If I Were God, I Would Command Israelis to Observe Yom Kippur for 48 Days

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Jewish men cross an intersection at the gateway to Jerusalem, just after sunset and the start of Yom Kippur, this month.

If I were God, I would command you to observe Yom Kippur for 48 days.

The Day of Atonement is over, but I’m not sure for what most members of the Jewish people asked forgiveness. I don’t think many sought atonement from Allah for the Nakba.

I want to tell the Jewish people what I, a Palestinian citizen of Israel, do not forgive them for. And why I would command them to fast for 48 days of atonement if I were the God of everyone.

I do not forgive any Jew who, when I tried to tell them about the Nakba, burst into tears over the Holocaust and silenced my pain.

Nor any Jew who seeks to perpetuate the Zionist aggression, which is meant to force us to accept the state of the Jews by capitulation rather than by consent, and even calls this aggression “desensitization.”

Nor any Zionist Jew who has chosen to be blind and refused to see the suffering their people have brought upon the Palestinian people, every day and in a million different ways, simply to avoid feeling guilty.

Nor Diaspora Jews for being coarse, egotistical and cowardly, because they are willing to let Palestinian refugees continue to wander around the world – some of them in subhuman conditions in refugee camps – so that they can have a house in Herzliya or in Jaffa where they can spend the Jewish holidays.

Nor any Jew who immigrated to Israel knowing their life was not in danger, and by coming here reduced the chances of a Palestinian refugee being allowed back as part of a possible peace agreement.

Nor any Jew who immigrated here and pretended not to know that in order for her to have a home, the Israel Lands Administration stole the land of Hala’il Jaris from my family in order to build the community of Mitzpeh Aviv.

Nor any Jewish organization that runs a program like Masa or Taglit-Birthright Israel and brainwashes young Jews to convince them to move to Israel, without informing them that our homes were destroyed as part of the Israeli government’s attempt to reduce the area of Arab towns and villages in favor of expanding that of Jewish communities in order to accommodate the immigrants.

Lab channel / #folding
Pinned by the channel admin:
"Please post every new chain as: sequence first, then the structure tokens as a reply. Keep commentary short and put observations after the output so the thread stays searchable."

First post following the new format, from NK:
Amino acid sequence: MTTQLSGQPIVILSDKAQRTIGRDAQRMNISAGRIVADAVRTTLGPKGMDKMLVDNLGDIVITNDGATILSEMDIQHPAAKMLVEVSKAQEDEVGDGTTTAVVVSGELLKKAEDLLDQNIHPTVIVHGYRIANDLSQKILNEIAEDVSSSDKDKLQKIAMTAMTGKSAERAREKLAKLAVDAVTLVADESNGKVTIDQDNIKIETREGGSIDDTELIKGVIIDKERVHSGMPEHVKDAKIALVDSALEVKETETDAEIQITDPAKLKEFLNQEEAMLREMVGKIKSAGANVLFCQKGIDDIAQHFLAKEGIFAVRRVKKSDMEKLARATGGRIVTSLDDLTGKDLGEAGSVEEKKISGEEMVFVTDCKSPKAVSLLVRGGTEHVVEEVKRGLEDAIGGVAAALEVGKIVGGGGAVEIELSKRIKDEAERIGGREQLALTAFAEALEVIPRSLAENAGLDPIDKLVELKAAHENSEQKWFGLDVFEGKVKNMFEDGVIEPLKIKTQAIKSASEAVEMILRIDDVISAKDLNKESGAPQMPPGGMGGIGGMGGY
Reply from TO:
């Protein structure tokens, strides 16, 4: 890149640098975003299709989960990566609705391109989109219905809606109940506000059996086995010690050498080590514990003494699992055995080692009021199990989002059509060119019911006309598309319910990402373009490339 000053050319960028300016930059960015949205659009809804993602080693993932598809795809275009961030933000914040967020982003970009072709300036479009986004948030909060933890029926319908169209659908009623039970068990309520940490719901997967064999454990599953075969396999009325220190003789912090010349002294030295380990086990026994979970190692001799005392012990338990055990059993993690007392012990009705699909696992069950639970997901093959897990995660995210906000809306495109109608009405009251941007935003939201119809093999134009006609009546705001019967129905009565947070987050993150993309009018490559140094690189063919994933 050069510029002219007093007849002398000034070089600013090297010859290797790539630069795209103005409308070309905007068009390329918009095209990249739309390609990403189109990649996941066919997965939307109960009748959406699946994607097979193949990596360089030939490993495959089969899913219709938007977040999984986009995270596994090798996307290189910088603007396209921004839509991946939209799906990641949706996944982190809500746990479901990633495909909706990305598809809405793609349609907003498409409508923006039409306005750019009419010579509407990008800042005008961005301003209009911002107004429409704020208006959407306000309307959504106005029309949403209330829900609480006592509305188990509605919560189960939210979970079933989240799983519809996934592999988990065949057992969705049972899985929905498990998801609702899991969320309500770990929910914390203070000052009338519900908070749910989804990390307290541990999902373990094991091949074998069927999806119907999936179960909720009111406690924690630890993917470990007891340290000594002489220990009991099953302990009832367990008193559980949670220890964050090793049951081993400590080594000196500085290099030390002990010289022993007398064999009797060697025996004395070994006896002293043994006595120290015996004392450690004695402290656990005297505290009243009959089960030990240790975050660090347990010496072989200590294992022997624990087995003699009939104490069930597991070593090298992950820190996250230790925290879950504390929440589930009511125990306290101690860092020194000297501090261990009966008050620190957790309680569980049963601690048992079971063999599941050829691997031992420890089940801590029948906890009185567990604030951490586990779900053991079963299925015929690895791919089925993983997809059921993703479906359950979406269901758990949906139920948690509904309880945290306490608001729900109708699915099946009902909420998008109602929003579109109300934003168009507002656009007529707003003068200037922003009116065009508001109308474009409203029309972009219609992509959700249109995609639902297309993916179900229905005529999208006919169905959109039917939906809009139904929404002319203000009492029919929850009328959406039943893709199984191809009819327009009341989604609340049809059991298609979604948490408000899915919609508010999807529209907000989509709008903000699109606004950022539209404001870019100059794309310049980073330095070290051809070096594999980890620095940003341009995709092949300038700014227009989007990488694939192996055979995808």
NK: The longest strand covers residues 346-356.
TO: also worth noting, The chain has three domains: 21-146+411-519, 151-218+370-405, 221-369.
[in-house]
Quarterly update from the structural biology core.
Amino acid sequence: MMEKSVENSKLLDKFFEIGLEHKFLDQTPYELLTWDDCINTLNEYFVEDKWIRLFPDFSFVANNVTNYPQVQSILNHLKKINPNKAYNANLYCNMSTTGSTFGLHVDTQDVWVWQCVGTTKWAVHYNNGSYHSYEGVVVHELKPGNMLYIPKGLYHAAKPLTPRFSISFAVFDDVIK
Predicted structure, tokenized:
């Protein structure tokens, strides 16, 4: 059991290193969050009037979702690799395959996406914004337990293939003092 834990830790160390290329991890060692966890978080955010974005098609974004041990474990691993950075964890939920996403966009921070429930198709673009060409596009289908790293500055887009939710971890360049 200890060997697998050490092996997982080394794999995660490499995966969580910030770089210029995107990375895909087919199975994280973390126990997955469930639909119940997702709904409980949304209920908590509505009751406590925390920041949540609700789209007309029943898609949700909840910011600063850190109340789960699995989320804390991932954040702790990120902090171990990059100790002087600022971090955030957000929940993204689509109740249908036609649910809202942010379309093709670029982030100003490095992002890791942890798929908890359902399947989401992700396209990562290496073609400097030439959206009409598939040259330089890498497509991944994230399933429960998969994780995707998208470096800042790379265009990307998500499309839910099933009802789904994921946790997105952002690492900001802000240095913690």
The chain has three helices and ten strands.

Nor any Jew who calls himself a peace activist while urging us, the Palestinian citizens of Israel – residents of Jisr al-Zarqa or any other town – to gush over Juha’s Guesthouse, which was built on the ruins of the village and is meant for Jewish and Arab guests so that it can make a claim of “coexistence” in Israel.

Nor any Jew who ever did or will ask or expect me to ease her guilt feelings about Zionism, the same Zionism that crushes and tramples my people.

Nor any Zionist Jew who worked with me on any peace initiative out of the hidden agenda of improving Israel’s image abroad rather than a genuine desire to hasten the end of the occupation.

Nor any Jew who calls themself a “peace activist” and sleeps soundly while knowing they could have prevented an incident of racism or discrimination, even within their own organization, but chose to remain silent so as to look good and not to wash dirty laundry in public.

Nor any Zionist Jew who expected me to dance at some tatbia (normalization) party so that they would feel safe and accepted in the Middle East.

Nor any Jew who expected me to celebrate the “use once and discard” pattern that has characterized the behavior of successive Israeli governments toward Arab Knesset members, including when the United Arab List joined the current government.

Nor any Jew who chooses to call Palestinian children whose lives have been ruined by the occupation “terrorists” and who turned them into security prisoners in order to ease their conscience of the burden of the injustice of stealing their freedom.

Nor any Jew who sleeps soundly as long as they are fine, far from the suffering of the Palestinians, even while knowing in their  heart of hearts that their state was born in sin and continues to sin against my people, the Palestinian people, yet asks me for a declaration that will absolve them of guilt in the name of the suffering of the Jewish people, which is supposed to justify the suffering they have brought upon the Palestinian people.

I do not forgive! And if I were God, I would command all of you to fast for 48 days of Yom Kippur, so that you would remember the number 48 very well, together with the meanings it holds in the collective memory of my people.

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